Each studies’ data was downloaded from their associated publication and combined in R version 3.4.367. All subsequent analysis was conducted in R 4.0.267 and the following packages were used: abind 1.4-5, bayestestR 0.10.0, BiocGenerics 0.34.0, broom 0.7.6, car 3.0-10, carData 3.0-4, caTools 1.18.2, colorspace 1.4-1, conquer 1.0.2, corrplot 0.89, cowplot 1.1.1, cpp11 0.2.7, cvAUC 1.1.0, data.table 1.14.0, devtools 2.4.1, dplyr 1.0.7, effectsize 0.4.5, emmeans 1.6.1, esc 0.5.1, estimability 1.3, exactRankTests 0.8-32, farver 2.0.3, forcats 0.5.1, gdata 2.18.0, generics 0.1.0, GenomeInfoDb 1.24.2, GenomicRanges 1.40.0, genefilter 1.70.0, ggeffects 1.1.0, ggplot2 3.3.4, ggpubr 0.4.0, ggrepel 0.9.1, ggsci 2.9, ggsignif 0.6.2, glue 1.4.2, gplots 3.1.1, gridExtra 2.3, gtable 0.3.0, gtools 3.8.2, gUtils 0.2.0, haven 2.4.1, hms 1.1.0, insight 0.14.1, IRanges 2.22.2, isoband 0.2.2, km.ci 0.5-2, KMsurv 0.1-5, labeling 0.3, lme4 1.1-27, lollipops 1.5.1, maptools 1.1-1, MatrixModels 0.5-0, maxstat 0.7-25, minqa 1.2.4, modelr 0.1.8, Munsell 0.5.0, mvtnorm 1.1-2, nloptr 1.2.2.2, numDeriv 2016.8-1.1, openxlsx 4.2.4, parameters 0.14.0, pbkrtest 0.5.1, performance 0.7.2, plyr 1.8.6, png 0.1-7, polynom1.4-0, pROC 1.17.0.1, progress 1.2.2, quantreg 5.86, qvalue 2.20.0, RColorBrewer 1.1-2, RcppEigen 0.3.3.7.0, readr 1.4.0, readxl 1.3.1, rematch 1.0.1, reshape2 1.4.4, rio 0.5.26, ROCR 1.0-11, rstatix 0.7.0, S4Vectors 0.26.1, scales 1.1.1, sjlabelled 1.1.8, sjmisc 2.8.7, sjPlot 2.8.8, sjstats 0.18.1, skitools 0.0.0.9000, sp 1.4-2, SparseM 1.81, statmod 1.4.34, stringi 1.6.2, survminer 0.4.8, survMisc 0.5.5, tidyr 1.1.3, tidyselect 1.1.0, viridisLite 0.3.0, xtable 1.8-4, XVector 0.28.0, zip 2.1.1, zoo1.8-8.

Reporting summary

Further information on research design is available in the Nature Research Reporting Summary linked to this article.

Data availability

Code and data for the analyses and figures are available in an interactive notebook here: https://gitlab.com/sanjanalab/circle. All data analyzed in this manuscript are publicly available and, for reproducibility, are also included in the GitLab repository. Source WES data for training and validation cohorts can be obtained from the respective studies7,15,16,17,18,19,22,23. Replication timing and epigenomic data were obtained from the ENCODE and Roadmap Epigenomics projects, respectively62,63.

Code availability

Code to run the CIRCLE model is available here: https://gitlab.com/sanjanalab/circle.

Change history

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Acknowledgements

The authors thank all members of the Sanjana and Imielinski laboratories for their support and advice. We also thank the New York Genome Center for computational resources and data storage. Z.G. is supported by the National Institutes of Health (NIH) T32 Training Grant (GM136573). M.L. is supported by the Hope Funds for Cancer Research postdoctoral fellowship. M.I. is supported by the Burroughs Wellcome Fund Career Award for Medical Scientists, Doris Duke Clinical Foundation Clinical Scientist Development Award, Starr Cancer Consortium Award, National Institutes of Health (NIH) grant U24-CA15020, Weill Cornell Medicine Department of Pathology and Laboratory Medicine startup funds, and a Melanoma Research Alliance Team Science Award. N.E.S. is supported by NYU and NYGC startup funds, NIH/NHGRI (DP2HG010099), NIH/NCI (R01CA218668), DARPA (D18AP00053), the Sidney Kimmel Foundation, and the Brain and Behavior Foundation. The results published here are in part based upon data generated by the TCGA Research Network: https://www.cancer.gov/tcga.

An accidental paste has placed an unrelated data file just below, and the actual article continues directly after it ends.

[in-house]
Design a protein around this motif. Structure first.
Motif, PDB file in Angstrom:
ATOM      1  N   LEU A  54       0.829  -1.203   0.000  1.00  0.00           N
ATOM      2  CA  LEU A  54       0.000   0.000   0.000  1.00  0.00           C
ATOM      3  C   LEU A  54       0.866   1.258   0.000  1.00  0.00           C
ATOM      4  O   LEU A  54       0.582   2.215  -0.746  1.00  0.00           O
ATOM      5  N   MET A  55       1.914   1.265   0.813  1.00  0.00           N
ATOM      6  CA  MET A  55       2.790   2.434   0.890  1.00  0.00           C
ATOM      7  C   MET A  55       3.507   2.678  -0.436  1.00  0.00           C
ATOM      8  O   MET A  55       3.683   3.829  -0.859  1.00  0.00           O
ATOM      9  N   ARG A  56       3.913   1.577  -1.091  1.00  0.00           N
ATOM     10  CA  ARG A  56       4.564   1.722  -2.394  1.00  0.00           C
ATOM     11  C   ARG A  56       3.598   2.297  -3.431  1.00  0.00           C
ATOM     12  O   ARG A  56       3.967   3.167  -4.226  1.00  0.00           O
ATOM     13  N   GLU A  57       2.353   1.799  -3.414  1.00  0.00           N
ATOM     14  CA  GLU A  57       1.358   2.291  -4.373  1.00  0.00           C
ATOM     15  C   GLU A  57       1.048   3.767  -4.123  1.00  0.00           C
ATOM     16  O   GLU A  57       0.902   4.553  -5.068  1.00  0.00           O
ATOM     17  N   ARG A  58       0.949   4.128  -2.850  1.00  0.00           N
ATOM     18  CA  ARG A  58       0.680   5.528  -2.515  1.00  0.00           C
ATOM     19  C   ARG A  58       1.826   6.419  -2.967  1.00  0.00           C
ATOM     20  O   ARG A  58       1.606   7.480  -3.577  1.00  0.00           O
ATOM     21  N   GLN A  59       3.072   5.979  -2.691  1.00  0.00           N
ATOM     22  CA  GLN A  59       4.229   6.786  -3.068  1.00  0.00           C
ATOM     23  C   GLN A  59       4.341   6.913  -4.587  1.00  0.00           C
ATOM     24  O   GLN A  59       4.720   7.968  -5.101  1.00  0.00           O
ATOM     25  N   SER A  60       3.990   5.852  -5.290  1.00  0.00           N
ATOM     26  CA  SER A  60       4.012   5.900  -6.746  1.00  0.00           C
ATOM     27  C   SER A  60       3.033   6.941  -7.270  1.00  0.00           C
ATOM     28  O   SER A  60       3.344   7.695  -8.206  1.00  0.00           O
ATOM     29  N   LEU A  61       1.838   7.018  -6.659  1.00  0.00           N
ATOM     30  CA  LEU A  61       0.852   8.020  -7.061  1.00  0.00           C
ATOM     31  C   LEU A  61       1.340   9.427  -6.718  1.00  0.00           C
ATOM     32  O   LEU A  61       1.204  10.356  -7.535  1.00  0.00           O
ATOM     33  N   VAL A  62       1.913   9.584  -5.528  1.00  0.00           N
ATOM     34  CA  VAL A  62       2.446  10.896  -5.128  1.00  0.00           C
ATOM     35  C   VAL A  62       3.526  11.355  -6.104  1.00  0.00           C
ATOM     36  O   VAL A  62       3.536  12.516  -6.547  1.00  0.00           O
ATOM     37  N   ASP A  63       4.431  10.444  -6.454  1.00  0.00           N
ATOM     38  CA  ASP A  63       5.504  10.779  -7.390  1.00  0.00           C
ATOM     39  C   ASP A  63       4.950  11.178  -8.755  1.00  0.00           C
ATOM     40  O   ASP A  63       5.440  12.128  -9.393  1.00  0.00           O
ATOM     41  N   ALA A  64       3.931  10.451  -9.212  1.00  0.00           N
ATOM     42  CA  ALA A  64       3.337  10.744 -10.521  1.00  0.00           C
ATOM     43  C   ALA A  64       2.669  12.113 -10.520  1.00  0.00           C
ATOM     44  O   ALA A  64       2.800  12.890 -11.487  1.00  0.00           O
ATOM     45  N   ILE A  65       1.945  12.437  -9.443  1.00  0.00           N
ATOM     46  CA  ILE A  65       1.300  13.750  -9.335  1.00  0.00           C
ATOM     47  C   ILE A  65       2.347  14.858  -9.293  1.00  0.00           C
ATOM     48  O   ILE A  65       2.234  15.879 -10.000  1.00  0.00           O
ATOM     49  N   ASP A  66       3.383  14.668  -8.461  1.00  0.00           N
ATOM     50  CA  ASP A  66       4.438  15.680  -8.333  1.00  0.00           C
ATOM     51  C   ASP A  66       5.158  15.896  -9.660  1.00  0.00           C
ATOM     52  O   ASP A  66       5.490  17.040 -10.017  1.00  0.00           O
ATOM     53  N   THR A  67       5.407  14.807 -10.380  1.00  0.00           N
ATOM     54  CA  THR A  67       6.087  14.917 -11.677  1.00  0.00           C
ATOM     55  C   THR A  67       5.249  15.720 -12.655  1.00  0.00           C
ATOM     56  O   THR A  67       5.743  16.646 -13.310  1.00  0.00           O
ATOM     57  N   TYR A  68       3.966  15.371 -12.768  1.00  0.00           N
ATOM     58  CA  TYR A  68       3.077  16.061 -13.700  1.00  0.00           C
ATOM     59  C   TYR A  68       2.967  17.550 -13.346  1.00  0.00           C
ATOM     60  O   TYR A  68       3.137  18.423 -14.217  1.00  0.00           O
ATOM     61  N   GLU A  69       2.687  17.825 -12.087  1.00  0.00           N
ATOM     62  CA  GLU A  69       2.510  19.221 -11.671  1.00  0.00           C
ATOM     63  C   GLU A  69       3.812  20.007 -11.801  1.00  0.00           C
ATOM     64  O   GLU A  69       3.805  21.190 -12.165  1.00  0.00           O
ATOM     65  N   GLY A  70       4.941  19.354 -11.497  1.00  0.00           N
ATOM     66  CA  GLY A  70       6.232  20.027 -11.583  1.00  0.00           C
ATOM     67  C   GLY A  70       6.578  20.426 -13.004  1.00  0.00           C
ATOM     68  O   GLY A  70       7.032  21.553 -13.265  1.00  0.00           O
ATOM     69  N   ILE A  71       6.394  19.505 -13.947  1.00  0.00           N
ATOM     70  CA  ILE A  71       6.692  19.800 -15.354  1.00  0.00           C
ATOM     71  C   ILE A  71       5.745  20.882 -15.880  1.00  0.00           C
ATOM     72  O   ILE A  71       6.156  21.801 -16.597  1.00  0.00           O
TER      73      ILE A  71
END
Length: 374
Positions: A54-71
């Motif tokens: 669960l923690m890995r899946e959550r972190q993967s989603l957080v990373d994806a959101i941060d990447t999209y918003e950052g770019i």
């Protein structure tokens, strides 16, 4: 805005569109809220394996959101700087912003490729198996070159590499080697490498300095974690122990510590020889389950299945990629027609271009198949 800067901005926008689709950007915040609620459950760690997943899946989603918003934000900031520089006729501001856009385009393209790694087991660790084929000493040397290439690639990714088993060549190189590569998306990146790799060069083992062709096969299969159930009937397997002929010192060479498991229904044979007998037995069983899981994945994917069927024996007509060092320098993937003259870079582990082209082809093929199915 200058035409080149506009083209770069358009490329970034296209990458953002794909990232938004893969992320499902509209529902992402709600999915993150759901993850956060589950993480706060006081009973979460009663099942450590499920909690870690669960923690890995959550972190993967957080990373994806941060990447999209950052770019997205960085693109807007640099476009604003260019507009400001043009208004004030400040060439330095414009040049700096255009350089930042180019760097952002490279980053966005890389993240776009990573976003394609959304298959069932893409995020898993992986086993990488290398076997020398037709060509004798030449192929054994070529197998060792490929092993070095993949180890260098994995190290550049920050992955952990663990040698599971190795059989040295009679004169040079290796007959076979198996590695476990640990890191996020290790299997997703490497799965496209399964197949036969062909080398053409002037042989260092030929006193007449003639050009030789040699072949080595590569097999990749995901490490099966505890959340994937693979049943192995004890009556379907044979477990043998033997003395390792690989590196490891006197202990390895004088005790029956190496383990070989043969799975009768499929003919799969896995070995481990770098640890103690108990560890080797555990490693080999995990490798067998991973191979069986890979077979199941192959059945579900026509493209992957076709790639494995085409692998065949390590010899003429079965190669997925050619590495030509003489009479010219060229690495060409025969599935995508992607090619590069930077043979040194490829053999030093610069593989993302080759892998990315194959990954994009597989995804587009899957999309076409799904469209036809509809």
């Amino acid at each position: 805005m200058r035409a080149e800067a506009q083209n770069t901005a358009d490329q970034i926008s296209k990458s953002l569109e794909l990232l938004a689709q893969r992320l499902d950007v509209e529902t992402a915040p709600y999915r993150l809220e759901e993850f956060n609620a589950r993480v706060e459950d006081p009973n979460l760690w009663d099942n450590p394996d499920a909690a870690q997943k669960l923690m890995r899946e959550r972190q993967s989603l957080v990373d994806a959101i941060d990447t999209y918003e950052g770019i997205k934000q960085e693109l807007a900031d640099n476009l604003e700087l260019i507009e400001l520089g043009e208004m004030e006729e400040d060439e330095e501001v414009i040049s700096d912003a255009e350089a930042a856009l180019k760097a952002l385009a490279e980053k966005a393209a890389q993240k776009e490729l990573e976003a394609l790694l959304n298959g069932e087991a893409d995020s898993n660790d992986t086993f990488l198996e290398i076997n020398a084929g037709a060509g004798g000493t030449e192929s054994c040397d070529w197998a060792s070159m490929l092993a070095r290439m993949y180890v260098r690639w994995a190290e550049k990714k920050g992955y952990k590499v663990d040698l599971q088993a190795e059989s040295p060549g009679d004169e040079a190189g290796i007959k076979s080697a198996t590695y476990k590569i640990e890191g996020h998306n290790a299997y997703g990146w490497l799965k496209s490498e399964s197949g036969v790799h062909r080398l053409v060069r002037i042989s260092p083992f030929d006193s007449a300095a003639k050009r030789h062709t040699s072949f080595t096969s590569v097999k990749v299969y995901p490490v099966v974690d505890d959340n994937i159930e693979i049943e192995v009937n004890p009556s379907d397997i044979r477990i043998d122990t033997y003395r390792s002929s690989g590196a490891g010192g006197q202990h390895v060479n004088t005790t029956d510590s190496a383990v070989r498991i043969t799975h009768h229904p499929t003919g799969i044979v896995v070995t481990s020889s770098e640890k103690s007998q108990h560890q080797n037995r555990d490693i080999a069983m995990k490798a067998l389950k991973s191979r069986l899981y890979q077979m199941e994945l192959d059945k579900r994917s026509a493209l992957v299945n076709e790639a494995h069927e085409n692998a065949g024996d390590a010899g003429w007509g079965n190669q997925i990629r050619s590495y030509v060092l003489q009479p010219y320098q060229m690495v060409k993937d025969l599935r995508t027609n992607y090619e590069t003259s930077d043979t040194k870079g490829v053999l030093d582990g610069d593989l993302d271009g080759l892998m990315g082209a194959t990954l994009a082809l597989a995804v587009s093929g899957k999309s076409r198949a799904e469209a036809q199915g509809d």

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Contributions

N.E.S. and Z.G. conceived the project. Z.G. performed the fishHook, logistic regression, and CRISPR screen analysis. Z.G., M.I., and N.E.S. developed the CIRCLE model. Z.G. and A.D. performed analysis of the CIRCLE model. Z.G., A.D., and M.I. performed fishHook algorithm development. N.E.S., M.I., and M.L. supervised the work. Z.G., M.I., and N.E.S. wrote the manuscript with input from all authors.

Corresponding authors

Correspondence to Marcin Imieliński or Neville E. Sanjana.

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Competing interests

The authors declare the following competing interests: The New York Genome Center, Weill Cornell Medicine and New York University have applied for patents relating to this work. N.E.S. is an advisor to Vertex and Qiagen. M.I. is an advisor to ImmPACT Bio. The remaining authors declare no competing interests.

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Gajic, Z.Z., Deshpande, A., Legut, M. et al. Recurrent somatic mutations as predictors of immunotherapy response. Nat Commun 13, 3938 (2022). https://doi.org/10.1038/s41467-022-31055-3